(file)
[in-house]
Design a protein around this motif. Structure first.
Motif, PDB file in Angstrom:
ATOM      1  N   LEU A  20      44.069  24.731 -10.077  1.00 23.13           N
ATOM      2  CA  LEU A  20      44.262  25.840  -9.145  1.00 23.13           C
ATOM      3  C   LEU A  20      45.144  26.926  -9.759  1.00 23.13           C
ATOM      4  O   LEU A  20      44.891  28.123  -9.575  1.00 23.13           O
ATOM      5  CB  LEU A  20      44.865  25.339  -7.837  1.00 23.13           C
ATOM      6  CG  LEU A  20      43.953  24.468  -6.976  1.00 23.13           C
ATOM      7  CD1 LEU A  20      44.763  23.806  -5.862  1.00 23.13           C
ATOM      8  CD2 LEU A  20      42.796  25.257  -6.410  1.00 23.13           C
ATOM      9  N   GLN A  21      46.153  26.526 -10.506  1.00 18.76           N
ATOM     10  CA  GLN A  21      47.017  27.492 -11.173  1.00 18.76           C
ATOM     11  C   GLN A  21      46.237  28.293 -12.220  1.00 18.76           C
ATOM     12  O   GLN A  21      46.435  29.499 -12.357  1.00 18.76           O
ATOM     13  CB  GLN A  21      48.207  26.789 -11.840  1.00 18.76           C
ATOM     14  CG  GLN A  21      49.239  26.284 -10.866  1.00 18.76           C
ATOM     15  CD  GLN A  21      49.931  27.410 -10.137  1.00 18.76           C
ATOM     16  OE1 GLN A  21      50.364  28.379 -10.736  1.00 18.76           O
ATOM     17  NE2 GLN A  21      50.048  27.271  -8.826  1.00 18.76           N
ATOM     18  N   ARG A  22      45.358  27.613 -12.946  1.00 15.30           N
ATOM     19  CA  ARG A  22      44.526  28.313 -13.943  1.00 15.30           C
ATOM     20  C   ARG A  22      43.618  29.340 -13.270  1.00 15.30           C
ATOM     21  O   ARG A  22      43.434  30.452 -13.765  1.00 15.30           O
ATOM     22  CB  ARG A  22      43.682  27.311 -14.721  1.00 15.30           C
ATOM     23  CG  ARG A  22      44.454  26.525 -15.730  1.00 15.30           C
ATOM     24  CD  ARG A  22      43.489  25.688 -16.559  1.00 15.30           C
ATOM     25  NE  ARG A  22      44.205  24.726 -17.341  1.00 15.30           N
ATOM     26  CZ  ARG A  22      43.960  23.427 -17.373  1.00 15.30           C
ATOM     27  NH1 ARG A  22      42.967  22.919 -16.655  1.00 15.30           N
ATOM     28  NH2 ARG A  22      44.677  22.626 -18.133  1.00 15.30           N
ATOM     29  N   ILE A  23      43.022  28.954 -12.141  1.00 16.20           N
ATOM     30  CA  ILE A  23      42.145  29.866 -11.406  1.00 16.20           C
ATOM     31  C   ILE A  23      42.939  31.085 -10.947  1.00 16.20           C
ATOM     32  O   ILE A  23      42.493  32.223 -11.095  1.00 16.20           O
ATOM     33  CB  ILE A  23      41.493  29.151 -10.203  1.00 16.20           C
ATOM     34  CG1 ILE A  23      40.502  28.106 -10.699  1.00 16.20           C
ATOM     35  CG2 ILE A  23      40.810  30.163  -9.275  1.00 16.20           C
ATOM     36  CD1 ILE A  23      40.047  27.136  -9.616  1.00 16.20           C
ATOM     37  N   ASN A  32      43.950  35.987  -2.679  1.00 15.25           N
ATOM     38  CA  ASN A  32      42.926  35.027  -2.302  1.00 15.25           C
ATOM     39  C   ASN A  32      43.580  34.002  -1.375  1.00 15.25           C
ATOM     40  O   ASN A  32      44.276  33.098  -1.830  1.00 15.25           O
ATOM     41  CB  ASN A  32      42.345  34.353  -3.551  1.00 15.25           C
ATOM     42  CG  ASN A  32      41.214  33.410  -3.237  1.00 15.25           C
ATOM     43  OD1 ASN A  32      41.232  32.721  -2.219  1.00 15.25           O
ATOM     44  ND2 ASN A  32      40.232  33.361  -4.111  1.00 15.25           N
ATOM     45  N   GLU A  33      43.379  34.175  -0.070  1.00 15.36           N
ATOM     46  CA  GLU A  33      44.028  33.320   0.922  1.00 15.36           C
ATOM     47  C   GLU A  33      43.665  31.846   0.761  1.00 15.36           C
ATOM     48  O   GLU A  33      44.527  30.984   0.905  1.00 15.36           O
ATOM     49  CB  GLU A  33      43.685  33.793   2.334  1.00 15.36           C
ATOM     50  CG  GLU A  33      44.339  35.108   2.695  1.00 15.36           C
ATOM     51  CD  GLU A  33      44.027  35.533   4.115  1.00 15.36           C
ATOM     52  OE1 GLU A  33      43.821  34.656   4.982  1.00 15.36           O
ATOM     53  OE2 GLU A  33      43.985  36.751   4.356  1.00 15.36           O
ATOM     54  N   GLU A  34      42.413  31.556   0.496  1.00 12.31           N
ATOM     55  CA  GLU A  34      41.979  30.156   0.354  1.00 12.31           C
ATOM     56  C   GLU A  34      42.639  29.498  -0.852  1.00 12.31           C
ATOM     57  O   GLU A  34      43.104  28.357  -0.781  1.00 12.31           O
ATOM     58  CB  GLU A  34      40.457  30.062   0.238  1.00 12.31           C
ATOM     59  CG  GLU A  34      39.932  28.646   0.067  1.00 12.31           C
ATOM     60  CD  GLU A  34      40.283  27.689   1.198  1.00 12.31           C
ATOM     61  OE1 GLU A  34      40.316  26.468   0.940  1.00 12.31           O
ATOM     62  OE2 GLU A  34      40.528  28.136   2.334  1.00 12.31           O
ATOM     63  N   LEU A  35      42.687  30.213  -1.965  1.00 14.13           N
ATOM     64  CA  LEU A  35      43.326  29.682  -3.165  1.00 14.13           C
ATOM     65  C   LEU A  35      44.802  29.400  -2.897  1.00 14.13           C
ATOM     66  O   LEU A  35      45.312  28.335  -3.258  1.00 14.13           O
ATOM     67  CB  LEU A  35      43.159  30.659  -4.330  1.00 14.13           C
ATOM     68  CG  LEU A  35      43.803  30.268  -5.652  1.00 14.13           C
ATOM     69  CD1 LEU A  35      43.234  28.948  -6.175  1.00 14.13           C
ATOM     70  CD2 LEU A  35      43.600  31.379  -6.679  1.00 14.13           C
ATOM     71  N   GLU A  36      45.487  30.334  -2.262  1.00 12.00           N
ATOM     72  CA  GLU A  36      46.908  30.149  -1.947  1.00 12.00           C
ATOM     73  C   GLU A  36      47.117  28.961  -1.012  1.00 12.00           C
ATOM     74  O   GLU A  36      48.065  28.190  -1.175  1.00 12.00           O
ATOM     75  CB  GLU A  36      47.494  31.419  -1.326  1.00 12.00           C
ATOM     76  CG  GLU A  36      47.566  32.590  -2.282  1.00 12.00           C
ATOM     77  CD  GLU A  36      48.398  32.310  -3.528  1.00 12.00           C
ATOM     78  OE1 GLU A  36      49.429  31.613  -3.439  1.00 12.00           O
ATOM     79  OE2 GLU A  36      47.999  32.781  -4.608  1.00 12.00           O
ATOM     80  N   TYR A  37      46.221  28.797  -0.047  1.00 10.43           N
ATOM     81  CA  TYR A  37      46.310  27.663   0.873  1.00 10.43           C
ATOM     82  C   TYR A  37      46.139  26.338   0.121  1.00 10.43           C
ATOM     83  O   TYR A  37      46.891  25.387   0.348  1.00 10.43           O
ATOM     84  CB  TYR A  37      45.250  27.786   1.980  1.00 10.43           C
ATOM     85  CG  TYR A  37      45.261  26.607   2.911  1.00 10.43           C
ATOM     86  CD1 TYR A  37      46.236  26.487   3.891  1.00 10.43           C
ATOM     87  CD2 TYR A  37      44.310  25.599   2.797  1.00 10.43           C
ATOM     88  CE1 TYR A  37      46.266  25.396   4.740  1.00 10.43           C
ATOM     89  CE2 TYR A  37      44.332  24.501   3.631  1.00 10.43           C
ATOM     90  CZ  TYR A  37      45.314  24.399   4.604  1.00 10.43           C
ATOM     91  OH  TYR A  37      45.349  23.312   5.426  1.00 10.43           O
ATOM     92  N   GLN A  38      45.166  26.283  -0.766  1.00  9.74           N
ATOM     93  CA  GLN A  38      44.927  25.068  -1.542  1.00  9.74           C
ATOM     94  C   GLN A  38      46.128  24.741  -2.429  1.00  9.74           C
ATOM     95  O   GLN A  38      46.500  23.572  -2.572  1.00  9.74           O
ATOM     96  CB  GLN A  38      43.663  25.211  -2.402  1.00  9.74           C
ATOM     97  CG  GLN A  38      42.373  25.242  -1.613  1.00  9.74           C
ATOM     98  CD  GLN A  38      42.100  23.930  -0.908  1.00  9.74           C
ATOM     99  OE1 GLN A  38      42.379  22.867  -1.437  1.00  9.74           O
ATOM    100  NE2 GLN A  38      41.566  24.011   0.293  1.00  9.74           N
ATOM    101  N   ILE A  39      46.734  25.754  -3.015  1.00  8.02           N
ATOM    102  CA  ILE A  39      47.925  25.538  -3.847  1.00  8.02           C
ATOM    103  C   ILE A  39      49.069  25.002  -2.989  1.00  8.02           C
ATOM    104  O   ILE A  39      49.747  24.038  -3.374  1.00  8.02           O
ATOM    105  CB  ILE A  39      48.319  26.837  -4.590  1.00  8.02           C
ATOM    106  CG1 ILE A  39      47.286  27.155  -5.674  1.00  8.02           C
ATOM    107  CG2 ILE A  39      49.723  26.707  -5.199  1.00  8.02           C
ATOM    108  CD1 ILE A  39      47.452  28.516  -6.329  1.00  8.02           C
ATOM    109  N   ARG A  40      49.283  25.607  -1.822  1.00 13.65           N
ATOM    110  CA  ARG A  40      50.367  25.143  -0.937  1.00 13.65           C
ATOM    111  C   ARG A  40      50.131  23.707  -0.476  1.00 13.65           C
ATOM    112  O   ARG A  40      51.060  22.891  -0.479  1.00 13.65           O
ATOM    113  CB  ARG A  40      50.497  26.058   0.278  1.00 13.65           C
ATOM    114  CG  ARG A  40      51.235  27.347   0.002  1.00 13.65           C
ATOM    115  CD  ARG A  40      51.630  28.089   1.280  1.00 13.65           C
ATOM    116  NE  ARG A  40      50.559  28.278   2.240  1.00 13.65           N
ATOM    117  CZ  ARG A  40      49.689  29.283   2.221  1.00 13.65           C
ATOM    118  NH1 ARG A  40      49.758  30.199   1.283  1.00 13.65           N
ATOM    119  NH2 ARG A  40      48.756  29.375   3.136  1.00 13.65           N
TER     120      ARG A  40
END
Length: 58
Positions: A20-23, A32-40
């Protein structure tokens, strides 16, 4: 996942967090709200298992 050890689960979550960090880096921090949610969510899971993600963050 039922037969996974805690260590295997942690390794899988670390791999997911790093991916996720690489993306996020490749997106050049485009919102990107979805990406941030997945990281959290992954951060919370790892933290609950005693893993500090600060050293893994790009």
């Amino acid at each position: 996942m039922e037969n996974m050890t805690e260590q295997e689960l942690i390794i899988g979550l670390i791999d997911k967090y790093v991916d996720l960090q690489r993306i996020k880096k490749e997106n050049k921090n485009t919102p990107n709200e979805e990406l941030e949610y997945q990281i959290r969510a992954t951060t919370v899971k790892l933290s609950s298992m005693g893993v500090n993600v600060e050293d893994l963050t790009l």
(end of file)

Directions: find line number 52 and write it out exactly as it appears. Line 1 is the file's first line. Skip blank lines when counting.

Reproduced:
ATOM     49  CB  GLU A  33      43.685  33.793   2.334  1.00 15.36           C